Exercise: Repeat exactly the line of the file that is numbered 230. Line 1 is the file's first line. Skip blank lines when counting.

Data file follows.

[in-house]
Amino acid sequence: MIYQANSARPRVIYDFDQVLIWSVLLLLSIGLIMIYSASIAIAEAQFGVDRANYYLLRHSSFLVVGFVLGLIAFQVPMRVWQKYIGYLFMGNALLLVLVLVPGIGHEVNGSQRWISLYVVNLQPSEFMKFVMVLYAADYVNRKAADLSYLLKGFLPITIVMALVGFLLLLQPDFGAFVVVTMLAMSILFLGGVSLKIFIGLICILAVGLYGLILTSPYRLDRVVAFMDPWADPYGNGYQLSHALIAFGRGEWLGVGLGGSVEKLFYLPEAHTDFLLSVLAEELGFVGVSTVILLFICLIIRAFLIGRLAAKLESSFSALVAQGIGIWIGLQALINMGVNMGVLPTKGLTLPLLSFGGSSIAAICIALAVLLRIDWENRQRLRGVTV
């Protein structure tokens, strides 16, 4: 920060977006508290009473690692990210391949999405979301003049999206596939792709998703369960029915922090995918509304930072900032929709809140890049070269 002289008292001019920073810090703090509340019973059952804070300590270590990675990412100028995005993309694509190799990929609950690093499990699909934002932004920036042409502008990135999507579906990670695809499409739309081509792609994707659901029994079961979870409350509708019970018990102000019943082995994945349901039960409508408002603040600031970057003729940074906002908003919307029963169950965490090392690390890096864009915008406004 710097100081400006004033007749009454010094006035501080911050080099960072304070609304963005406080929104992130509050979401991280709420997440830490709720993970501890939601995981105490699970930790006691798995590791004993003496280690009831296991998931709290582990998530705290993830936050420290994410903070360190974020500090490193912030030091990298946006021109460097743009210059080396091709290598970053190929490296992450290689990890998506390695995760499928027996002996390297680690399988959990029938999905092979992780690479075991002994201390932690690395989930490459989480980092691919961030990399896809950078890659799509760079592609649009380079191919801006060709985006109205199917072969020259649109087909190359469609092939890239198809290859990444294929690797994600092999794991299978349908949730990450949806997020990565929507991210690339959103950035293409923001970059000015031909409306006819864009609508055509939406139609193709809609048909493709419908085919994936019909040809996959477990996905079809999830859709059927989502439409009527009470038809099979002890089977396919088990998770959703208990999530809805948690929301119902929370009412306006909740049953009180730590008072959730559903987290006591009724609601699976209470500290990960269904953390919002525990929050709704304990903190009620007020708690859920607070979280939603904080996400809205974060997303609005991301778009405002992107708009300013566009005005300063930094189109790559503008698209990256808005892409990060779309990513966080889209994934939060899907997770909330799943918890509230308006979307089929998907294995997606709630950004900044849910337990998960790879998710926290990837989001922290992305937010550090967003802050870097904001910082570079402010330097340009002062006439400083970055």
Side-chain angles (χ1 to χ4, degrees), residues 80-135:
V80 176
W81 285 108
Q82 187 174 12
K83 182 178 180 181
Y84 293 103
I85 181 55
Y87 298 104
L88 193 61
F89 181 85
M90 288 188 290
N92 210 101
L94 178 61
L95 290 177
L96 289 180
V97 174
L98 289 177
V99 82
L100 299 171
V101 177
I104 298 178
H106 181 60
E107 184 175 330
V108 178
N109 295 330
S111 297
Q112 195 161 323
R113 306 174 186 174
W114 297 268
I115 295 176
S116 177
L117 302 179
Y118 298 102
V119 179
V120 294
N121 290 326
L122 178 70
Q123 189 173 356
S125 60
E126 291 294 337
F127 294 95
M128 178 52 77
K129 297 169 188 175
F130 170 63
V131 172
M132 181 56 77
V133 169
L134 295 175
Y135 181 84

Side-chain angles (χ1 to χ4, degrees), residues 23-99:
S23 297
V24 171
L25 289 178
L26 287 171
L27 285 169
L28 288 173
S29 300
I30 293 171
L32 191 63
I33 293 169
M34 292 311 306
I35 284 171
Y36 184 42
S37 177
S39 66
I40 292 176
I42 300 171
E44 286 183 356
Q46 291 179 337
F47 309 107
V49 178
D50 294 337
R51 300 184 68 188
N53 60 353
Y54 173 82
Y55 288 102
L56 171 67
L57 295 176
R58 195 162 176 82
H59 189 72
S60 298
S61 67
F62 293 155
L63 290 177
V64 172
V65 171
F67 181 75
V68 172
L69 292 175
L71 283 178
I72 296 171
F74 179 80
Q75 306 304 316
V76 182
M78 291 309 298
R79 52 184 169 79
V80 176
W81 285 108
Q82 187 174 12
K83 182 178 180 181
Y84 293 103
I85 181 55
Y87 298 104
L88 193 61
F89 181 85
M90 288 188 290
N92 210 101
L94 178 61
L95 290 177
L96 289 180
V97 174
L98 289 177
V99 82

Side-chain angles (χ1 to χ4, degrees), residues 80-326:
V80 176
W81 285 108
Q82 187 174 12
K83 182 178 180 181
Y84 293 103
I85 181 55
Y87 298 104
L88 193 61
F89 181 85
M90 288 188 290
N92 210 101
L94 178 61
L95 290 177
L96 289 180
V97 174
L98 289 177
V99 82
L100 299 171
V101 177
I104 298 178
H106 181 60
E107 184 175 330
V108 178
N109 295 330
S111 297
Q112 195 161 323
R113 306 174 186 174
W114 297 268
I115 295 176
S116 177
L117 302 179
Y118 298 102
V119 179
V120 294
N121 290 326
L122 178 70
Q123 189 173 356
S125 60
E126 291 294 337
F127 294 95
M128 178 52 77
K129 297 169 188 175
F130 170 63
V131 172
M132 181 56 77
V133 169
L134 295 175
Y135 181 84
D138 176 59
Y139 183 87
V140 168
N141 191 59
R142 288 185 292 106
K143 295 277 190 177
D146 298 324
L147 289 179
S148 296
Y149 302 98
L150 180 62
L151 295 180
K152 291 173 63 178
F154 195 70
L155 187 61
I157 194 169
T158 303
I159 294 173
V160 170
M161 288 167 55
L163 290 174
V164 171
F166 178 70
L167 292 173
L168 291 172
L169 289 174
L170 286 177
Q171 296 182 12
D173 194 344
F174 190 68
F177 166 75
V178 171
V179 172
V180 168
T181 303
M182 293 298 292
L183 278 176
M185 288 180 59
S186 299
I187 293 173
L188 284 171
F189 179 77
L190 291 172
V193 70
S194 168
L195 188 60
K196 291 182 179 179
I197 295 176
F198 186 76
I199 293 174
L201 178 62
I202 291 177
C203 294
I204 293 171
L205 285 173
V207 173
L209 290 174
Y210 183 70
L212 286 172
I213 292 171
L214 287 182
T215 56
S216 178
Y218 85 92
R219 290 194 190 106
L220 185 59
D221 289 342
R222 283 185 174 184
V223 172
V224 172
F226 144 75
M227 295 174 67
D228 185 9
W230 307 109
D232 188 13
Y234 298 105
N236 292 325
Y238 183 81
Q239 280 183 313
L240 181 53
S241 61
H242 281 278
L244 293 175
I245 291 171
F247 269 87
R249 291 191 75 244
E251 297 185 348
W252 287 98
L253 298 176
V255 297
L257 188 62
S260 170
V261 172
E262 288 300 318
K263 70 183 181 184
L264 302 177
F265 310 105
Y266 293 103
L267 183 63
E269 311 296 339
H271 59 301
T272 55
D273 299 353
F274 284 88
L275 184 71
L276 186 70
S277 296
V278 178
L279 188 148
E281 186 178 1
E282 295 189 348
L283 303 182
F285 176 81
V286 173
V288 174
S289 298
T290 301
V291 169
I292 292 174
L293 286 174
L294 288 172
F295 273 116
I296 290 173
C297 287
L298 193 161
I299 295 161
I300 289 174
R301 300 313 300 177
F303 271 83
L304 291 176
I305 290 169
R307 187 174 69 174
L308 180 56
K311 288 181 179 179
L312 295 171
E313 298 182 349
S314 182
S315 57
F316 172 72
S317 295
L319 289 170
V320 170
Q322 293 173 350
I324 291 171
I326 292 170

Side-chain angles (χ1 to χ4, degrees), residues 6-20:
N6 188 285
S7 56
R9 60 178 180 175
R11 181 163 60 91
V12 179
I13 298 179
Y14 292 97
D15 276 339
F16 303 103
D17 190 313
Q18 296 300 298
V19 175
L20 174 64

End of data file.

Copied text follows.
R219 290 194 190 106